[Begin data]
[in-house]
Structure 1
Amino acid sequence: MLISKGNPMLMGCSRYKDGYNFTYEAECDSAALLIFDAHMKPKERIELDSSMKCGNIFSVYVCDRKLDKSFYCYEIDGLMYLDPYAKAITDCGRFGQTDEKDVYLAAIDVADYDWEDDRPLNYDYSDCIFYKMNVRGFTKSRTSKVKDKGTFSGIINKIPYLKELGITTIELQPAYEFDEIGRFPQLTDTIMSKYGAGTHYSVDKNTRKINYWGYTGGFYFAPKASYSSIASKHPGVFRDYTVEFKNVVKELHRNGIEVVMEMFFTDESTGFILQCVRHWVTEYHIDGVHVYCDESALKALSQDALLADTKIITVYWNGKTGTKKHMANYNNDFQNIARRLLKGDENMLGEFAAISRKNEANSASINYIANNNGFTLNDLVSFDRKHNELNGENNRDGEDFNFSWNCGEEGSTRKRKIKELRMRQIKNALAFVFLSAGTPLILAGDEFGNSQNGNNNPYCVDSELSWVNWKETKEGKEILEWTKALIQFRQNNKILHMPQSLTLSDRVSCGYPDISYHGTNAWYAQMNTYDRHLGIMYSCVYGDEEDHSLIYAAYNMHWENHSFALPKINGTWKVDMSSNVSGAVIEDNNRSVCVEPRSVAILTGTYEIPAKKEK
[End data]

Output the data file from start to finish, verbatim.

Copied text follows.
[in-house]
Structure 1
Amino acid sequence: MLISKGNPMLMGCSRYKDGYNFTYEAECDSAALLIFDAHMKPKERIELDSSMKCGNIFSVYVCDRKLDKSFYCYEIDGLMYLDPYAKAITDCGRFGQTDEKDVYLAAIDVADYDWEDDRPLNYDYSDCIFYKMNVRGFTKSRTSKVKDKGTFSGIINKIPYLKELGITTIELQPAYEFDEIGRFPQLTDTIMSKYGAGTHYSVDKNTRKINYWGYTGGFYFAPKASYSSIASKHPGVFRDYTVEFKNVVKELHRNGIEVVMEMFFTDESTGFILQCVRHWVTEYHIDGVHVYCDESALKALSQDALLADTKIITVYWNGKTGTKKHMANYNNDFQNIARRLLKGDENMLGEFAAISRKNEANSASINYIANNNGFTLNDLVSFDRKHNELNGENNRDGEDFNFSWNCGEEGSTRKRKIKELRMRQIKNALAFVFLSAGTPLILAGDEFGNSQNGNNNPYCVDSELSWVNWKETKEGKEILEWTKALIQFRQNNKILHMPQSLTLSDRVSCGYPDISYHGTNAWYAQMNTYDRHLGIMYSCVYGDEEDHSLIYAAYNMHWENHSFALPKINGTWKVDMSSNVSGAVIEDNNRSVCVEPRSVAILTGTYEIPAKKEK